Dr. Ben Carson teased thousands of conservatives Saturday about his political future, saying he does not know what God has in store for him, suggesting that he could have a future in elective politics.
Mr. Carson said that he had planned to enjoy retirement, but that the "good lord" had a different plan for him and that he's "not sure what the culmination of that plan is."
The remarks were music to the ears of the conservatives that flocked to the Washington region for the 2014 Conservative Political Action Conference, where attendees were getting a chance to hear from some of the potential 2016 presidential candidates and some waved "Run, Ben, Run!" banners.
Mr. Carson has said that he will listen to those urging for him to run for The White House, including the leaders and volunteers of the National Draft Ben Carson for President Committee who hosted a booth here and say they are optimistic that they can persuade Mr. Carson to run.
The draft committee, which is chaired by John Phillip Sousa IV, says it has raised nearly three million dollars in six months and paid to have banners with Mr. Carson's image plastered on the side of the shuttle buses that were running daily between Washington, D.C. and the Gaylord National Hotel.
And they paid to have Mr. Carson's face adorn hotel room keys.
Mr. Carson's stock has been on the rise in conservative circles since the 2013 National Prayer Breakfast, where he ripped into Obamacare right in front of President Obama.
He finished second to Sen. Ted Cruz in the October Values Voters Summit and appeared to have strong support from CPAC activists heading into the Washington Times presidential preference straw poll.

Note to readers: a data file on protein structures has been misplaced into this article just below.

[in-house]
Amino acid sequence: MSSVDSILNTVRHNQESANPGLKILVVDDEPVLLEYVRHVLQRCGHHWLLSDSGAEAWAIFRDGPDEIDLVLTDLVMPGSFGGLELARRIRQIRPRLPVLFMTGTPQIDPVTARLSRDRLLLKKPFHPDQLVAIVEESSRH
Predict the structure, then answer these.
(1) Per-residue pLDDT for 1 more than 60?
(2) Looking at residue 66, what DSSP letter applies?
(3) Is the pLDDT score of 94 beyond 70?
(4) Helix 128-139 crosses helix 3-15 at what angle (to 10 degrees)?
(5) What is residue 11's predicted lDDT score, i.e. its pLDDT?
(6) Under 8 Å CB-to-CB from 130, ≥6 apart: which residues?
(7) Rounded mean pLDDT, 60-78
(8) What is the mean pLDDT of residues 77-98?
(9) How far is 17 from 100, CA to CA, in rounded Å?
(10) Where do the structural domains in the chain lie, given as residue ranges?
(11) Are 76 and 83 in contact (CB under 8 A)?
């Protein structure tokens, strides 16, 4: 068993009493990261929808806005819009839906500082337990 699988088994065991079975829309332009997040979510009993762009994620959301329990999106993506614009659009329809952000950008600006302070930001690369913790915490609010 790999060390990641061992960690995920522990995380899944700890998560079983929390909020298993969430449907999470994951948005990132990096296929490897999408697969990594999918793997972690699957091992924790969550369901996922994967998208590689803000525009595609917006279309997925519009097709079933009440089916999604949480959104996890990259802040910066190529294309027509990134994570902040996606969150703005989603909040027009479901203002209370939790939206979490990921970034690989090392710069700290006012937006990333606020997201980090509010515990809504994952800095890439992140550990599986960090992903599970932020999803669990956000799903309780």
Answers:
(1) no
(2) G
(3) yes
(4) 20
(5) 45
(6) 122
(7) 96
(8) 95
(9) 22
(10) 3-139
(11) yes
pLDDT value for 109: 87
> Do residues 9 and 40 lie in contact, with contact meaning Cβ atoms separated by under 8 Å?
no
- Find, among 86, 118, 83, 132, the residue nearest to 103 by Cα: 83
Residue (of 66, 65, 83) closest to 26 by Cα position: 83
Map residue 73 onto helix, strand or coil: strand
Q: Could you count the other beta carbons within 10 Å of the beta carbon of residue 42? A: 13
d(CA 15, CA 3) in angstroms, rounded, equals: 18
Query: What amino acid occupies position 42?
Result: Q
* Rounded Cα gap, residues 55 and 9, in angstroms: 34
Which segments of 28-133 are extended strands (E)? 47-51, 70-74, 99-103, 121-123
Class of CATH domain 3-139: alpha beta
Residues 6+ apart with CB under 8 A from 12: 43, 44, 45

Jean Carlton, a 71-year-old from South Carolina, said that Mr. Carson's lack of political experience is a plus and that he is the total package because he will not bend on his conservative principles and can unite the party.
"I love Ted Cruz, I love Rand Paul, but Ben Carson is all of the above," Ms. Carlton said.
Mr. Carson whipped the crowd into a frenzy on Saturday when he said he believes that marriage is between one man and one woman and when he pushed back against those who knocked him for saying that Obamacare is the worst thing since slavery.
"I am not a fan of political correctness - I hate political correctness," he said.
Alice Stewart, who ran former Pennsylvania Sen. Rick Santorum's 2012 presidential campaign, said that Mr. Carson could be a force to be reckoned with in the 2016 election.
"He is a kind of person that you'd be a fool to underestimate if he sets his mind to something," Mrs. Stewart said.
Mr. Carson also dashed his speech with a hint of populism, directly addressing 2012 GOP presidential nominee Mitt Romney's infamous comments during the campaign that about half the country would vote for President Obama no matter what because of their dependence or over-reliance on government.
"I used to belong to the 47 percent," Mr. Carson said. "I belong to the five percent; I belong to the one percent."
But he's had to make his way up there, he added.
"And I know that there are a lot of people in that 47 percent who are decent, hard-working Americans who want to realize the American Dream," he said.
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